Re: [openstack-dev] [Zaqar] Zaqar graduation (round 2) [was: Comments on the concerns arose during the TC meeting]

2014-09-15 Thread Clint Byrum
Excerpts from Zane Bitter's message of 2014-09-15 12:05:09 -0700:
 On 15/09/14 13:28, Clint Byrum wrote:
  Excerpts from Flavio Percoco's message of 2014-09-15 00:57:05 -0700:
  On 09/12/2014 07:13 PM, Clint Byrum wrote:
  Excerpts from Thierry Carrez's message of 2014-09-12 02:16:42 -0700:
  Clint Byrum wrote:
  Excerpts from Flavio Percoco's message of 2014-09-11 04:14:30 -0700:
  Is Zaqar being optimized as a *queuing* service? I'd say no. Our goal 
  is
  to optimize Zaqar for delivering messages and supporting different
  messaging patterns.
 
  Awesome! Just please don't expect people to get excited about it for
  the lighter weight queueing workloads that you've claimed as use cases.
 
  I totally see Horizon using it to keep events for users. I see Heat
  using it for stack events as well. I would bet that Trove would benefit
  from being able to communicate messages to users.
 
  But I think in between Zaqar and the backends will likely be a lighter
  weight queue-only service that the users can just subscribe to when they
  don't want an inbox. And I think that lighter weight queue service is
  far more important for OpenStack than the full blown random access
  inbox.
 
  I think the reason such a thing has not appeared is because we were all
  sort of running into but Zaqar is already incubated. Now that we've
  fleshed out the difference, I think those of us that need a lightweight
  multi-tenant queue service should add it to OpenStack.  Separately. I 
  hope
  that doesn't offend you and the rest of the excellent Zaqar developers. 
  It
  is just a different thing.
 
  Should we remove all the semantics that allow people to use Zaqar as a
  queue service? I don't think so either. Again, the semantics are there
  because Zaqar is using them to do its job. Whether other folks may/may
  not use Zaqar as a queue service is out of our control.
 
  This doesn't mean the project is broken.
 
  No, definitely not broken. It just isn't actually necessary for many of
  the stated use cases.
 
  Clint,
 
  If I read you correctly, you're basically saying the Zaqar is overkill
  for a lot of people who only want a multi-tenant queue service. It's
  doing A+B. Why does that prevent people who only need A from using it ?
 
  Is it that it's actually not doing A well, from a user perspective ?
  Like the performance sucks, or it's missing a key primitive ?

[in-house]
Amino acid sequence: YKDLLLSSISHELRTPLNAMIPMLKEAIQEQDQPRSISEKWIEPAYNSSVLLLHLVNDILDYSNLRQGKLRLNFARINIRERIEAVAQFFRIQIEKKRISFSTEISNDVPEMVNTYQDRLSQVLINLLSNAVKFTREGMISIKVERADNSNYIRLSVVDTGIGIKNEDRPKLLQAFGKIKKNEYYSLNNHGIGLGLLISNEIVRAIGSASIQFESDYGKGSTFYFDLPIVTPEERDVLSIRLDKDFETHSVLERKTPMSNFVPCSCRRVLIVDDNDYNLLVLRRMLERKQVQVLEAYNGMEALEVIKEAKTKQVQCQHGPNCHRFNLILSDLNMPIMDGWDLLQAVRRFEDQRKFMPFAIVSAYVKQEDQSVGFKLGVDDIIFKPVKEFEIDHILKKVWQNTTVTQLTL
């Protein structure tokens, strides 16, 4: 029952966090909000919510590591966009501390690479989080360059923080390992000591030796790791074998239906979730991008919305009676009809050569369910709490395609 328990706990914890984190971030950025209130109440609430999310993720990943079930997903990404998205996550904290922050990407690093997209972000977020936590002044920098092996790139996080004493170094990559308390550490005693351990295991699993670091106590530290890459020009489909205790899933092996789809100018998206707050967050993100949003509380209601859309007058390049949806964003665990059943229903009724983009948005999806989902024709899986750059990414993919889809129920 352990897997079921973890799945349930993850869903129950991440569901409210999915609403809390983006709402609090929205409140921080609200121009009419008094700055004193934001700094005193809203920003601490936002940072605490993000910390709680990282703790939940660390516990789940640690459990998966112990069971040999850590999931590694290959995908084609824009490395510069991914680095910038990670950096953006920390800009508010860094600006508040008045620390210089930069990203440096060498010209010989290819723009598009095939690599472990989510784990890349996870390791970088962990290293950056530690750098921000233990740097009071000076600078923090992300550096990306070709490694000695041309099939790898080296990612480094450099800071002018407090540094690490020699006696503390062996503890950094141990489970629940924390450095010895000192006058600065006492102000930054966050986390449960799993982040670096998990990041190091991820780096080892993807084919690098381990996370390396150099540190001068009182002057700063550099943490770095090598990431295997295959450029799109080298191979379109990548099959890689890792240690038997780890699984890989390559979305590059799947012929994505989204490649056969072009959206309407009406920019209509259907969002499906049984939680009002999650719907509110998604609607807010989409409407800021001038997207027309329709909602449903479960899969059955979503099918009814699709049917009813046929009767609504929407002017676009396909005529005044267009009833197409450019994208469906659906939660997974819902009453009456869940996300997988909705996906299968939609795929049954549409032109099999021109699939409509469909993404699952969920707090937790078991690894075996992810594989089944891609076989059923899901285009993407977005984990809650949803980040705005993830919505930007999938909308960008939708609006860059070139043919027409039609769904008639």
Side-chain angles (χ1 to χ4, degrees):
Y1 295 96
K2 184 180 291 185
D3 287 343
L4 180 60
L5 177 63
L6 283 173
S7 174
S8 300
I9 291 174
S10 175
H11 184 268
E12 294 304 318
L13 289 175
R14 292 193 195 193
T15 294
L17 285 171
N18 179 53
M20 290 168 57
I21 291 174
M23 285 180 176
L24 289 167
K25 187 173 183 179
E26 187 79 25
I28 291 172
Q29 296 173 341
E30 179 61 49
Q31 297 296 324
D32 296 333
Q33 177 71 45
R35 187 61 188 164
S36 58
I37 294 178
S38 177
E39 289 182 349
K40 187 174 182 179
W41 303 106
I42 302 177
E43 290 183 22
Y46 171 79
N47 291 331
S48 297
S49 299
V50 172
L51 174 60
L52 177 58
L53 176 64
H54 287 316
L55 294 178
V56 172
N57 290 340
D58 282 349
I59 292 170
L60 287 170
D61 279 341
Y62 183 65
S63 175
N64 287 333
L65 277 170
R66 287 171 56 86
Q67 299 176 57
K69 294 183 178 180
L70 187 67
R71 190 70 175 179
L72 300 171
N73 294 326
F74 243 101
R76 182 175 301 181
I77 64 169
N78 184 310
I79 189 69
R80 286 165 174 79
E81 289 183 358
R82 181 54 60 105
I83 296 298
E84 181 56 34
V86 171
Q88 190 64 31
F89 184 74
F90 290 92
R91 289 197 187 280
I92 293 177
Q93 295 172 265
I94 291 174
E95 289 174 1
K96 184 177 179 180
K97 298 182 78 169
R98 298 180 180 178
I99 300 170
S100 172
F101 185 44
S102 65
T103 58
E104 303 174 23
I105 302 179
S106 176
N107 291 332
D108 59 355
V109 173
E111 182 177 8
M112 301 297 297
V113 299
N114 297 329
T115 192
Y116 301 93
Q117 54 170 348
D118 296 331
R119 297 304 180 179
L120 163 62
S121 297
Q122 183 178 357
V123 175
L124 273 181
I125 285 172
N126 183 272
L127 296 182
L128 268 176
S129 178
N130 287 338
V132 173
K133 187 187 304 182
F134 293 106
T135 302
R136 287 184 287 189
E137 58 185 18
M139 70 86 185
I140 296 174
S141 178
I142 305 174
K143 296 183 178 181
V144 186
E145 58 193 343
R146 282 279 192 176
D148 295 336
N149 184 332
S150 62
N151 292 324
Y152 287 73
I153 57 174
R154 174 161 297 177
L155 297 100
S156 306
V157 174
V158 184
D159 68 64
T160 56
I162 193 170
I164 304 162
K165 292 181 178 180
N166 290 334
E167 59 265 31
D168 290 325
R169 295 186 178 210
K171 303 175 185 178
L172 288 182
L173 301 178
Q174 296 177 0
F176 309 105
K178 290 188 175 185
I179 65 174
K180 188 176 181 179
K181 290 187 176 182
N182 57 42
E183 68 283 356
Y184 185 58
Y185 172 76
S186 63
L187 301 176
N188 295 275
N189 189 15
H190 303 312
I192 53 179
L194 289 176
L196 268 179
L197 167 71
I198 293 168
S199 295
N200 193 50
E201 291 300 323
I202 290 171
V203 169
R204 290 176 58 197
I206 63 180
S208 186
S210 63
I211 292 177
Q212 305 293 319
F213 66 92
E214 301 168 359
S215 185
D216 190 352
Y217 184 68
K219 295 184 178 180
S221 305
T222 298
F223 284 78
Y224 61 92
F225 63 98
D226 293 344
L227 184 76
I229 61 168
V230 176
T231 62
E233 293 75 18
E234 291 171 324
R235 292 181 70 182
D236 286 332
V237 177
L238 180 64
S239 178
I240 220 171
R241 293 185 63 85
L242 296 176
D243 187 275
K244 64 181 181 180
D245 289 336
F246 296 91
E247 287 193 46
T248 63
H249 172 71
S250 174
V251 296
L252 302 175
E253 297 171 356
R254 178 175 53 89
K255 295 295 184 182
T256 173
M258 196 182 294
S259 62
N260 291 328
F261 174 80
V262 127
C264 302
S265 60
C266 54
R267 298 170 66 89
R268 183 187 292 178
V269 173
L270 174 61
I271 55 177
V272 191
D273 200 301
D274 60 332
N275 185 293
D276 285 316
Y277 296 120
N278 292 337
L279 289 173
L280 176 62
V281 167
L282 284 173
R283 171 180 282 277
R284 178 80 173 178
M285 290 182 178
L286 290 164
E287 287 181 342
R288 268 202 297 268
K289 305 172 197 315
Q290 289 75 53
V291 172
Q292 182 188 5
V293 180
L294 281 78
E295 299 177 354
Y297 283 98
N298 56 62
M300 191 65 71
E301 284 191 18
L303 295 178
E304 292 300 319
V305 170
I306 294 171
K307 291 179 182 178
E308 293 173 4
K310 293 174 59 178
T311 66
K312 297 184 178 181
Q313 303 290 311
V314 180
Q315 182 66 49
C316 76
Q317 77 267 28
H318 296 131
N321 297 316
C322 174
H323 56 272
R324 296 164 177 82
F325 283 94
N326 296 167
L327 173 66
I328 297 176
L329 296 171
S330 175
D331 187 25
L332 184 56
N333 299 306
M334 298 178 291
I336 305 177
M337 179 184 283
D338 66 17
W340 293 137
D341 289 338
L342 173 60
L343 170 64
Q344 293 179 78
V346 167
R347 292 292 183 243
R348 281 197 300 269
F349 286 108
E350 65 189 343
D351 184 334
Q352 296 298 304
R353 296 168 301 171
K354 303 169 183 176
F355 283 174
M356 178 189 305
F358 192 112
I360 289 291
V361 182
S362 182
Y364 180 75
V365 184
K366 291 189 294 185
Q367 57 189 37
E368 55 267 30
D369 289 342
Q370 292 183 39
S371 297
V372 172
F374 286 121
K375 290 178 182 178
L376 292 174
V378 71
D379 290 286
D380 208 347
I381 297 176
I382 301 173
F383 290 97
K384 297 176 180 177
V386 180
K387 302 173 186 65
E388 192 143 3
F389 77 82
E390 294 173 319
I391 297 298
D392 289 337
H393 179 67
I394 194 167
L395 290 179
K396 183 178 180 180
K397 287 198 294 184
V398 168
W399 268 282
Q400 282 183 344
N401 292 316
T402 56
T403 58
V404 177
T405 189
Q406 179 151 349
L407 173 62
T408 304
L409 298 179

Is it that it's unnecessarily complex to deploy, from a deployer
  perspective, and that something only doing A would be simpler, while
  covering most of the use cases?
 
  Is it something else ?
 
  I want to make sure I understand your objection. In the user
  perspective it might make sense to pursue both options as separate
  projects. In the deployer perspective case, having a project doing A+B
  and a project doing A doesn't solve anything. So this affects the
  decision we have to take next Tuesday...
 
  I believe that Zaqar does two things, inbox semantics, and queue
  semantics. I believe the queueing is a side-effect of needing some kind
  of queue to enable users to store and subscribe to messages in the
  inbox.
 
  What I'd rather see is an API for queueing, and an API for inboxes
  which integrates well with the queueing API. For instance, if a user
  says give me an inbox I think Zaqar should return a queue handle for
  sending into the inbox the same way Nova gives you a Neutron port if
  you don't give it one. You might also ask for a queue to receive push
  messages from the inbox. Point being, the queues are not the inbox,
  and the inbox is not the queues.
 
  However, if I just want a queue, just give me a queue. Don't store my
  messages in a randomly addressable space, and don't saddle the deployer
  with the burden of such storage. Put the queue API in front of a scalable
  message queue and give me a nice simple HTTP API. Users would likely be
  thrilled. Heat, Nova, Ceilometer, probably Trove and Sahara, could all
  make use of just this. Only Horizon seems to need a place to keep the
  messages around while users inspect them.
 
  Whether that is two projects, or one, separation between the two API's,
  and thus two very different types of backends, is something I think
  will lead to more deployers wanting to deploy both, so that they can
  bill usage appropriately and so that their users can choose wisely.